Physically plausible explanation for missile based space combat?

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I think that burst behind celestial part could work in orbital combat. To build up enough speed to intercept fusion ship on route, a huge way is required to boost.
If the missile is coming directly for ship, that makes hit not so hard, but to focus on a small area, that requires exact distance too.
The laser beam cant detected directly in space if your sensors arent hit by it, although the lascannon will still produce quite a heat sign.
However, from 100.000km with parameters i calculated, it takes quite a time to drill through armor.
 

Ryan_m_b

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A beamed weapon doesn't have to instantly kill, it just has to be shone on the target enough to heat damage the reflective armour and destroy it once this is done. Space is big and it takes a long time to physically move through it, even at 10Gs constant thrust it takes 41 minute to cross a light second. Within that range you can pretty easily aim a laser and be sure of it hitting. Even if it takes a solid ten minutes of shining a laser (with corrections as the missile moves and attempts to dodge) you're safe. Plus sustaining high acceleration for a long time is going to take a lot of fuel and a powerful engine. At that point your missiles become small nuclear spaceships.

It's worth noting as well that there are other forms of beam weapon that couldn't be so easily reflected, for example: particle beams, FELs and X-Ray lasers. In regards to the idea of swarming missiles sure: if you can deploy in such numerical strength then you'll win. But working with the assumptions I mentioned in the previous paragraph an attacker would need to launch 5 missiles at the defender to be sure of a win, and that's if they have only one point defence laser. If they have 10 you need to launch 41.

Edit: It would probably be useful to try and design a missile using technology appropriate for your setting. Work out the ISP and mass flow so you can figure out how much fuel its going to need to accelerate constantly and how much energy that will take. I may have a go later if I have more time than I do this evening, off the top of my head though I'd put money on any "missile" capable of doing this as becoming very large. At that point why not mount a beam weapon to it and make it a drone?
 
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A beamed weapon doesn't have to instantly kill, it just has to be shone on the target enough to heat damage the reflective armour and destroy it once this is done. Space is big and it takes a long time to physically move through it, even at 10Gs constant thrust it takes 41 minute to cross a light second. Within that range you can pretty easily aim a laser and be sure of it hitting. Even if it takes a solid ten minutes of shining a laser (with corrections as the missile moves and attempts to dodge) you're safe. Plus sustaining high acceleration for a long time is going to take a lot of fuel and a powerful engine. At that point your missiles become small nuclear spaceships.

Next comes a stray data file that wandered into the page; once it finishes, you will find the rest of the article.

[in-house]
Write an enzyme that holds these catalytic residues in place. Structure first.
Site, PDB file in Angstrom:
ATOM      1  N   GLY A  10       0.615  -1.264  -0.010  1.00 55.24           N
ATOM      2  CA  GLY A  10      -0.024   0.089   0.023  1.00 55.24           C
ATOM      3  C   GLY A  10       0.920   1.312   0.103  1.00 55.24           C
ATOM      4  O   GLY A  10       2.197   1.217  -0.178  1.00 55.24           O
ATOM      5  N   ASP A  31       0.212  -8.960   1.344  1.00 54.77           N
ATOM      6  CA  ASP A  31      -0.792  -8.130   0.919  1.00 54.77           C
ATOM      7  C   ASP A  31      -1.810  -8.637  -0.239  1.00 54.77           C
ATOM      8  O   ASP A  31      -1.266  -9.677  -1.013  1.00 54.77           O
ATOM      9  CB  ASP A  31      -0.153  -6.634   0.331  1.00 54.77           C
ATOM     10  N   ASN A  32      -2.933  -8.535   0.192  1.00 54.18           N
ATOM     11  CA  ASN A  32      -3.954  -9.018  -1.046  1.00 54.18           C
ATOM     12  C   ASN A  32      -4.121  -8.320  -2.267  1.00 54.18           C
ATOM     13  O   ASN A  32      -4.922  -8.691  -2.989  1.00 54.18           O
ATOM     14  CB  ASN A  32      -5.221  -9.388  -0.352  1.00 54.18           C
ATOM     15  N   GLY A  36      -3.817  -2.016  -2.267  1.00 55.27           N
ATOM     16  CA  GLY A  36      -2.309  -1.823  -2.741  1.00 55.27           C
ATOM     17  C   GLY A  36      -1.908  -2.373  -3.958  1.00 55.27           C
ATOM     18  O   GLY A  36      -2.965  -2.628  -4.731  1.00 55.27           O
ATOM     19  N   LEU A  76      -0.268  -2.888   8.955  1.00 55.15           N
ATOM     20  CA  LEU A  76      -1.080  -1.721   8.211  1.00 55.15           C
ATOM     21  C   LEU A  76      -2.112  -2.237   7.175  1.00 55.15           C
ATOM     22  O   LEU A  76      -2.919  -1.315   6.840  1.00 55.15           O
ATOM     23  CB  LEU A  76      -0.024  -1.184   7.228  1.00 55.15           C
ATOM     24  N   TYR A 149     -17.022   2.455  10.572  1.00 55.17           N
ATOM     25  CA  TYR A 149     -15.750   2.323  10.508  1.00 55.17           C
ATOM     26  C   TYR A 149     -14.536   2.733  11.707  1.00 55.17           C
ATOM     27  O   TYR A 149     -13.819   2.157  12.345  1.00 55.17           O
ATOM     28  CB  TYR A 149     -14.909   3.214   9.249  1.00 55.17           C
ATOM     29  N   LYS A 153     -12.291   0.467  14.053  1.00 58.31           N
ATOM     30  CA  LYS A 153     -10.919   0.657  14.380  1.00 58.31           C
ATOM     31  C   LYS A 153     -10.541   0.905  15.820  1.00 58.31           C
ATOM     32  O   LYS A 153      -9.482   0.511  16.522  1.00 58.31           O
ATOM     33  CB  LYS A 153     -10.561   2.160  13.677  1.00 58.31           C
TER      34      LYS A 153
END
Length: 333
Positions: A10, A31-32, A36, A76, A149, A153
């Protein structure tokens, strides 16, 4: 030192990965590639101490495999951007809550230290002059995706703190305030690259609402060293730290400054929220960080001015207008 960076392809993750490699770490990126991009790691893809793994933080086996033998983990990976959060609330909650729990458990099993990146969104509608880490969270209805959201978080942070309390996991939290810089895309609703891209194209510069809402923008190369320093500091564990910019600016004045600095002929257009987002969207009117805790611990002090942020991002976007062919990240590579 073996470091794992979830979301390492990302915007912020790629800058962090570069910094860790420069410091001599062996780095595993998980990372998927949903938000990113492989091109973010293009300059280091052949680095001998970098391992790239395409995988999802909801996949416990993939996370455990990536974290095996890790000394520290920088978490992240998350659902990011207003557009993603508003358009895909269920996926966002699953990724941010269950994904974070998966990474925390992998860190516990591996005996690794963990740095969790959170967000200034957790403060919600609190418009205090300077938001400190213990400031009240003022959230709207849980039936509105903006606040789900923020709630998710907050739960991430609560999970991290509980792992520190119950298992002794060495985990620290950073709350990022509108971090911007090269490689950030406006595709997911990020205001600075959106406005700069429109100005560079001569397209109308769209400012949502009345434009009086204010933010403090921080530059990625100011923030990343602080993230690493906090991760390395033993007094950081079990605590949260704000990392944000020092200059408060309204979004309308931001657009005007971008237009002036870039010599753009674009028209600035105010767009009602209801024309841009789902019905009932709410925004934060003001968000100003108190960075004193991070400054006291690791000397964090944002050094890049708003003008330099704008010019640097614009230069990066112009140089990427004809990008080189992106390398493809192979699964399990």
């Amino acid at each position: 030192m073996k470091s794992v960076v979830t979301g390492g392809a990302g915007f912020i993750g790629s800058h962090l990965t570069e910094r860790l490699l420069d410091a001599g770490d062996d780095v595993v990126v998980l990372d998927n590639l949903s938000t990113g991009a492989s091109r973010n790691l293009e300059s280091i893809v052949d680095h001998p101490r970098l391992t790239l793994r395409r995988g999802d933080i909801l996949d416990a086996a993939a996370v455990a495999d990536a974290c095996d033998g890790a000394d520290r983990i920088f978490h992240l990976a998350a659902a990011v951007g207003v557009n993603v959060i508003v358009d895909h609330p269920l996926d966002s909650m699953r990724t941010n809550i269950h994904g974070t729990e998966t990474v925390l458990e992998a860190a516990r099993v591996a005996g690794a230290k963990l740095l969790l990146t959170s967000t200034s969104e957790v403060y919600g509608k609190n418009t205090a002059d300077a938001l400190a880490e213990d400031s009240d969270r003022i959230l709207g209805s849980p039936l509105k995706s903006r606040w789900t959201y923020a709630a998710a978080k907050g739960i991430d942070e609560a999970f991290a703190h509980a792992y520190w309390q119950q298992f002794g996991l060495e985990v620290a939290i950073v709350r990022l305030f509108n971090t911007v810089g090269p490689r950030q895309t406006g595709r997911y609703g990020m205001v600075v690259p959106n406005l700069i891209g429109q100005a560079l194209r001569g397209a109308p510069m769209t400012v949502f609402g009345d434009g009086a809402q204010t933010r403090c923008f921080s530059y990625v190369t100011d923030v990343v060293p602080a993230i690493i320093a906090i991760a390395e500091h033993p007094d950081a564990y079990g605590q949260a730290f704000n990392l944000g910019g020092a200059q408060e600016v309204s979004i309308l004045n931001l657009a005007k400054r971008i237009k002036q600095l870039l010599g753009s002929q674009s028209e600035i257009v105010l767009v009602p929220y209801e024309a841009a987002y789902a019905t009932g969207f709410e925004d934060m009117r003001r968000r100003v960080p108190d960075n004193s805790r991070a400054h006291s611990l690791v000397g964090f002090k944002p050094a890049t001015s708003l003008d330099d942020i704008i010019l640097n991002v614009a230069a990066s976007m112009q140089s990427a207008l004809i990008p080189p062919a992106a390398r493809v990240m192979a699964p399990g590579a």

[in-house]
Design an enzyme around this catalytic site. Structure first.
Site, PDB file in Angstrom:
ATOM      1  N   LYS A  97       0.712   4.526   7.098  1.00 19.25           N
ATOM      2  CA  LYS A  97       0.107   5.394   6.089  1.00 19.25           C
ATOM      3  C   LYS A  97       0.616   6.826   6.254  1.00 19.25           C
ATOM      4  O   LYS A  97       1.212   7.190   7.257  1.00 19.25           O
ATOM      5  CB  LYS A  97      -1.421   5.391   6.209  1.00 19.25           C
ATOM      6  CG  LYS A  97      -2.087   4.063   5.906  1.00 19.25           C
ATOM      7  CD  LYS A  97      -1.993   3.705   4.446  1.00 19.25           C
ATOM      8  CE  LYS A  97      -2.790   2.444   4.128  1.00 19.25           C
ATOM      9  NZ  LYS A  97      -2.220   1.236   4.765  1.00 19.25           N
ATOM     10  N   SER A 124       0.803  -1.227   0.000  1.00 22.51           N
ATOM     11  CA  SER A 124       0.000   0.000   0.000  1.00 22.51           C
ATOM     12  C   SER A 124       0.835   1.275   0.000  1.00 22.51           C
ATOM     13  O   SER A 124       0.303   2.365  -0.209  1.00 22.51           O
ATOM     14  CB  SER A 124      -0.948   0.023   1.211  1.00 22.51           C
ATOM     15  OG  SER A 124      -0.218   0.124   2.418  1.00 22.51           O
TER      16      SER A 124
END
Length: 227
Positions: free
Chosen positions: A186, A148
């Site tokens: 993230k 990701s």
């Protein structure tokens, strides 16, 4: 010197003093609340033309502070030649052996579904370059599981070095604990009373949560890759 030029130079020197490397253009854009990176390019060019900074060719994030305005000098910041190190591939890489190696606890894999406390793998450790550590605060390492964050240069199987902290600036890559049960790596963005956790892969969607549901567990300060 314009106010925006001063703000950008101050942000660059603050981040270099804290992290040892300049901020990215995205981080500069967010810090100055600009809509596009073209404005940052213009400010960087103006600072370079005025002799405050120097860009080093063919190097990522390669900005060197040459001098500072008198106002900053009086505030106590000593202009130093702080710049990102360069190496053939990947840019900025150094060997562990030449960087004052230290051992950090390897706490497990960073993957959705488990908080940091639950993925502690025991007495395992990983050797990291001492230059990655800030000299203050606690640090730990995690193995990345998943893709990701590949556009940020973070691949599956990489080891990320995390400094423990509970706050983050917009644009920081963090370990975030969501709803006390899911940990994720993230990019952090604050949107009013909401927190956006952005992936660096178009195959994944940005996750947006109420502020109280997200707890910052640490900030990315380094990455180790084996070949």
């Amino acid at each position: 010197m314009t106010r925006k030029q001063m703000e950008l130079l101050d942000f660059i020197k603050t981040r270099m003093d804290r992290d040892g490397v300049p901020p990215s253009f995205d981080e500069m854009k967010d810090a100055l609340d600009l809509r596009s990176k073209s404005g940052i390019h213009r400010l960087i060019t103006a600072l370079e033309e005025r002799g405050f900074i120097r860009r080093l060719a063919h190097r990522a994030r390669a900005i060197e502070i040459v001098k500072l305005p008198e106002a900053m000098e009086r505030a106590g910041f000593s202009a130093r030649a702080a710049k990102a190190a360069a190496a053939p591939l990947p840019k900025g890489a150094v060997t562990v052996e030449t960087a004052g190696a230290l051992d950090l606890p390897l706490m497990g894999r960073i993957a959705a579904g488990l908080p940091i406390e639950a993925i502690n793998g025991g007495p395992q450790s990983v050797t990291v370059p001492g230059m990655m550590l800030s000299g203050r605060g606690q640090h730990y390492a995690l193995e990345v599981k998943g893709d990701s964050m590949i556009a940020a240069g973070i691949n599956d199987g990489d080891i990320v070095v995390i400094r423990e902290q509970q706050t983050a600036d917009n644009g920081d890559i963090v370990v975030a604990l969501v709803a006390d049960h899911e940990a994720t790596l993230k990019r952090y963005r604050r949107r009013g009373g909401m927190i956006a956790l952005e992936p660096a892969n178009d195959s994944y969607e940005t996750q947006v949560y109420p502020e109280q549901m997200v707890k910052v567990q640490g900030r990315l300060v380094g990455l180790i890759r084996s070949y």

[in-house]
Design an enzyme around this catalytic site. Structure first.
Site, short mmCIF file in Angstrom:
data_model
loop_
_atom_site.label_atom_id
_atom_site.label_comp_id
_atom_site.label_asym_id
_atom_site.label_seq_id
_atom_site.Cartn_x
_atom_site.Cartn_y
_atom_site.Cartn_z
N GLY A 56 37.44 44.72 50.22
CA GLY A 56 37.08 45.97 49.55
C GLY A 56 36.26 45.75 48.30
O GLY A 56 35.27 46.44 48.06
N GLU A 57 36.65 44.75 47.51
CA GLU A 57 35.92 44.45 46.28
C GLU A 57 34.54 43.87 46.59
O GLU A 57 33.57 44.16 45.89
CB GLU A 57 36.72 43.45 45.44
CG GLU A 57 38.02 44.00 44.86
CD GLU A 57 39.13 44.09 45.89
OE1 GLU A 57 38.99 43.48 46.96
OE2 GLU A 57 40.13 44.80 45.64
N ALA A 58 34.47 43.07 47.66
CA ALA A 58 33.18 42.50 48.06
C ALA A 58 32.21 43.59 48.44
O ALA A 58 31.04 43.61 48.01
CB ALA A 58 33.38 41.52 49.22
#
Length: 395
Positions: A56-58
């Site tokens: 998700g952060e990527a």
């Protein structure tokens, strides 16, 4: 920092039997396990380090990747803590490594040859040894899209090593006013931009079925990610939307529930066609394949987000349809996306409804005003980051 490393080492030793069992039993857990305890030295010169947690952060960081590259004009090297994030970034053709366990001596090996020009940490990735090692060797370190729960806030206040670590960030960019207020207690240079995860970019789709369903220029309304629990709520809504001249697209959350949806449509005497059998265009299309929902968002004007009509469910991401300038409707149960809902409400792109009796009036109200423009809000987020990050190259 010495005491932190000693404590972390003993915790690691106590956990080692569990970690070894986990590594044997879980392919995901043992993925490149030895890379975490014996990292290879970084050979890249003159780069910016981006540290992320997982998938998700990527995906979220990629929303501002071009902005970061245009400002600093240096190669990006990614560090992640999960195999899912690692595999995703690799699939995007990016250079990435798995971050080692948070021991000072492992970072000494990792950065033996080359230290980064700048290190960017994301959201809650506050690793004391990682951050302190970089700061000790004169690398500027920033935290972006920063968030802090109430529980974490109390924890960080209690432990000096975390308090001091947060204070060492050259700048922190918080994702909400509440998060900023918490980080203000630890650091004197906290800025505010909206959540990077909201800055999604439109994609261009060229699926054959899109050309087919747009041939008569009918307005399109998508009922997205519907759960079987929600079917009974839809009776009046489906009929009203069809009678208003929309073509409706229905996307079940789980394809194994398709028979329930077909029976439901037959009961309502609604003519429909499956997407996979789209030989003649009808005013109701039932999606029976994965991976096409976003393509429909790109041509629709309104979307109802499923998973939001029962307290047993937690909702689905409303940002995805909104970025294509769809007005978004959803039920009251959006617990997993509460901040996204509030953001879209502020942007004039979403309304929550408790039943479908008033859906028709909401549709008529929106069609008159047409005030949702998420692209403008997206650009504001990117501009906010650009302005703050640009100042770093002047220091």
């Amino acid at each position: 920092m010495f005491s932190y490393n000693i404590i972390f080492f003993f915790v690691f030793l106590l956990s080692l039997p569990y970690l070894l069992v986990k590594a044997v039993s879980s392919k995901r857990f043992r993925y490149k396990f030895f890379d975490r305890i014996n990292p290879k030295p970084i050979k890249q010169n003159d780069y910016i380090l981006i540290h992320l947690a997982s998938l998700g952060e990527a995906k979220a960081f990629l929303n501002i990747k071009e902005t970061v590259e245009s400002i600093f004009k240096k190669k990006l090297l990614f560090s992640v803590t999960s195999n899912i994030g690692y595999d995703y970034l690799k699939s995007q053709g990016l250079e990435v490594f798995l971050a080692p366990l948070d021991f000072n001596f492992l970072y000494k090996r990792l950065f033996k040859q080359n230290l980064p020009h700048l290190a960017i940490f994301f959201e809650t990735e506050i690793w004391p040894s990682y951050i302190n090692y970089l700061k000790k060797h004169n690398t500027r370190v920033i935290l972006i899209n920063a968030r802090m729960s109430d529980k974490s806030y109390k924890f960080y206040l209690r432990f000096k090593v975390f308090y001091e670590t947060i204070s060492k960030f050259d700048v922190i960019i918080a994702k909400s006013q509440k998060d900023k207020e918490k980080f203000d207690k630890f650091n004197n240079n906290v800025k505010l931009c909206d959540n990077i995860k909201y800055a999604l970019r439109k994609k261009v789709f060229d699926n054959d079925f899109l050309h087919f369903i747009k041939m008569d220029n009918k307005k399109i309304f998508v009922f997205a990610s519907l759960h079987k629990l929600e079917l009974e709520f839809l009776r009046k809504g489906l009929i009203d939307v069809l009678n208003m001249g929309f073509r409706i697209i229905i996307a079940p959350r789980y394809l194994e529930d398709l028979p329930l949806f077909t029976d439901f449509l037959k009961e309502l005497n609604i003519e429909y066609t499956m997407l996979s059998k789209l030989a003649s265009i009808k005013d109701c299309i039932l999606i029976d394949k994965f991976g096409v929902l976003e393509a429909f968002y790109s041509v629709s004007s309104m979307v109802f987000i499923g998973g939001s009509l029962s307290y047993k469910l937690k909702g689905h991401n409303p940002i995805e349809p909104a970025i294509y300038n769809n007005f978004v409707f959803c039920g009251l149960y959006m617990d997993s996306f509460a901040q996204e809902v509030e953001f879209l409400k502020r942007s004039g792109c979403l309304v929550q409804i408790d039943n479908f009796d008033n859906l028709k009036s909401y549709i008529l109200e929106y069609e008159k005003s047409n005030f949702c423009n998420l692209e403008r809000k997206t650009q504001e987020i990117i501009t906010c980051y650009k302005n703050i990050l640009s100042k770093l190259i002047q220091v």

It's worth noting as well that there are other forms of beam weapon that couldn't be so easily reflected, particle beams for instance. In regards to the idea of swarming missiles sure: if you can deploy in such numerical strength then you'll win. But working with the assumptions I mentioned in the previous paragraph an attacker would need to launch 5 missiles at the defender to be sure of a win, and that's if they have only one point defence laser. If they have 10 you need to launch 41.
As far as i know, particle beams scatter more than lasers (at this point i plan to introduce plasma point range defence as a breakthrough in the later half of story, but will be countered by magnetic field warheads that scatter the beam)
With the 30km/s closing speed i assumed, it is near three hours... More than a ton of titan with my previous calculations...

Hmm, although attack warship can have a ton of armor, it only have to mask the heat and light signs of attack missiles/drones by provide enough background clutter.
 

Ryan_m_b

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Particle beams can be neutral, magnets won't affect them and they won't be repulsive so scatter won't be much of an issue (certainly not in vacuum). The U.S. Navy has a project for FEL point defence on their ships IRL. So if you're willing to speculate that there's no show stoppers were not aware of it would seem they are plausible as a long range space weapon.

As for hiding the ships I'm not convinced. You'd have to put out a fantastic amount of energy in order to "over expose" all their sensors. Bear in mind we have technology that allows cameras to filter out the light of the sun, unless you have more than that focused on the enemy ship they're going to see you.

30kmps is very slow. It would be within the effective range of a beam weapon for quite a lot of time.
 
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Particle beams can be neutral, magnets won't affect them and they won't be repulsive so scatter won't be much of an issue (certainly not in vacuum). The U.S. Navy has a project for FEL point defence on their ships IRL. So if you're willing to speculate that there's no show stoppers were not aware of it would seem they are plausible as a long range space weapon.